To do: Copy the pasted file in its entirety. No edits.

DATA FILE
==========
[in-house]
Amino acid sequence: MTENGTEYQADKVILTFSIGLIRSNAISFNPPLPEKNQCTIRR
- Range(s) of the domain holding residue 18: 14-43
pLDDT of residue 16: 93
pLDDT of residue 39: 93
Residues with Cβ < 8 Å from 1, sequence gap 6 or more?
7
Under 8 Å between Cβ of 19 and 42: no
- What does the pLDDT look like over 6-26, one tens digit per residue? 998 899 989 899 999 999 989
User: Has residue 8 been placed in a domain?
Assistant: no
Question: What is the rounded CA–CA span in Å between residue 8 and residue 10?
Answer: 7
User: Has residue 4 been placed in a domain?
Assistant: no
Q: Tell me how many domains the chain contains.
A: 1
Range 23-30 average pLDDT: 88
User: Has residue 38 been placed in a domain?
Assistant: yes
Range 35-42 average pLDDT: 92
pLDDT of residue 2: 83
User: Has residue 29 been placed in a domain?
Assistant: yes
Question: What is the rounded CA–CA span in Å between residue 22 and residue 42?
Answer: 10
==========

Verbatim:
[in-house]
Amino acid sequence: MTENGTEYQADKVILTFSIGLIRSNAISFNPPLPEKNQCTIRR
- Range(s) of the domain holding residue 18: 14-43
pLDDT of residue 16: 93
pLDDT of residue 39: 93
Residues with Cβ < 8 Å from 1, sequence gap 6 or more?
7
Under 8 Å between Cβ of 19 and 42: no
- What does the pLDDT look like over 6-26, one tens digit per residue? 998 899 989 899 999 999 989
User: Has residue 8 been placed in a domain?
Assistant: no
Question: What is the rounded CA–CA span in Å between residue 8 and residue 10?
Answer: 7
User: Has residue 4 been placed in a domain?
Assistant: no
Q: Tell me how many domains the chain contains.
A: 1
Range 23-30 average pLDDT: 88
User: Has residue 38 been placed in a domain?
Assistant: yes
Range 35-42 average pLDDT: 92
pLDDT of residue 2: 83
User: Has residue 29 been placed in a domain?
Assistant: yes
Question: What is the rounded CA–CA span in Å between residue 22 and residue 42?
Answer: 10